The idea is to consume food that is made with oil in commemoration of the oil that burned for eight days, even though there was only enough for one day.
In Israel it is customary to eat doughnuts on Hanukah.
I also bake cookies for family and friends. I have an old cookie recipe that my mom used. The dough for these is rolled out and cut with cookie cutters pertinent to the holiday – for example, a candelabra, a candle, a star of David, a lion, a ram’s horn or a dreidel, a spinning top used in a game played on Hanukah.
4 potatoes, peeled, grated and drained
1 egg, beaten
1 onion, grated
3 tablespoons potato starch or flour
1 teaspoon salt
1/2 teaspoon baking powder
1/4 teaspoon black pepper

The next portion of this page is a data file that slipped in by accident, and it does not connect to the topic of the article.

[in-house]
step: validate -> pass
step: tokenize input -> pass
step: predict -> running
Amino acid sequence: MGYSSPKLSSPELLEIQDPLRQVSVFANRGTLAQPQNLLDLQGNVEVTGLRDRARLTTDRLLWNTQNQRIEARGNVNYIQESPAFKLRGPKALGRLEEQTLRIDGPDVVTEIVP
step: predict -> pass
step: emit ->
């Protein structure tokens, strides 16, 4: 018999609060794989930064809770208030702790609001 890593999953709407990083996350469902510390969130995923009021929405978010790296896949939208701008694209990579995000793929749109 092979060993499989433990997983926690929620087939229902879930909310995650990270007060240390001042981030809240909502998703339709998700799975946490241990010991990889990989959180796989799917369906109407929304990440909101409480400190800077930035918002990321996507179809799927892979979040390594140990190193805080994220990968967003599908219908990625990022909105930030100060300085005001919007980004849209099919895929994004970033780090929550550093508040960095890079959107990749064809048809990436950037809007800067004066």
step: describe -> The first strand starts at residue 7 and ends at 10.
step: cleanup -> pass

1/3 cup oil
Mix potatoes, onion, salt, pepper, egg, potato starch and baking powder until very smooth.
Heat the oil in a skillet. Drop by tablespoonful. Brown one side and turn to brown other side.
Drain well on paper towels.
3 1/3 cups flour
1 cup sugar
3 teaspoons baking powder
1/2 teaspoon salt
1/2 teaspoon cinnamon
1/4 teaspoon nutmeg
2 tablespoons oil
3/4 cup milk
Heat oil in fryer to 375 degrees F. Measure 1 1/2 cups flour and the remaining ingredients into large bowl.
Blend 1/2 minute on low speed. Beat 2 minutes medium speed. Stir in remaining flour. Roll gently 3/8 inch thick. Cut with floured doughnut cutter. Slide into hot oil. Fry 2 to 3 minutes. Drain. Best eaten the same day.
2 cups flour
1 cup sugar
2 teaspoons baking powder
1 tablespoon milk
1/2 cup butter
1 teaspoon vanilla or lemon peel
1/4 teaspoon salt
Knead until batter is ready to roll out on floured board.
After cookies are on cookie sheet, sprinkle with sugar if desired.
Bake at 425 degrees F. about 10 minutes.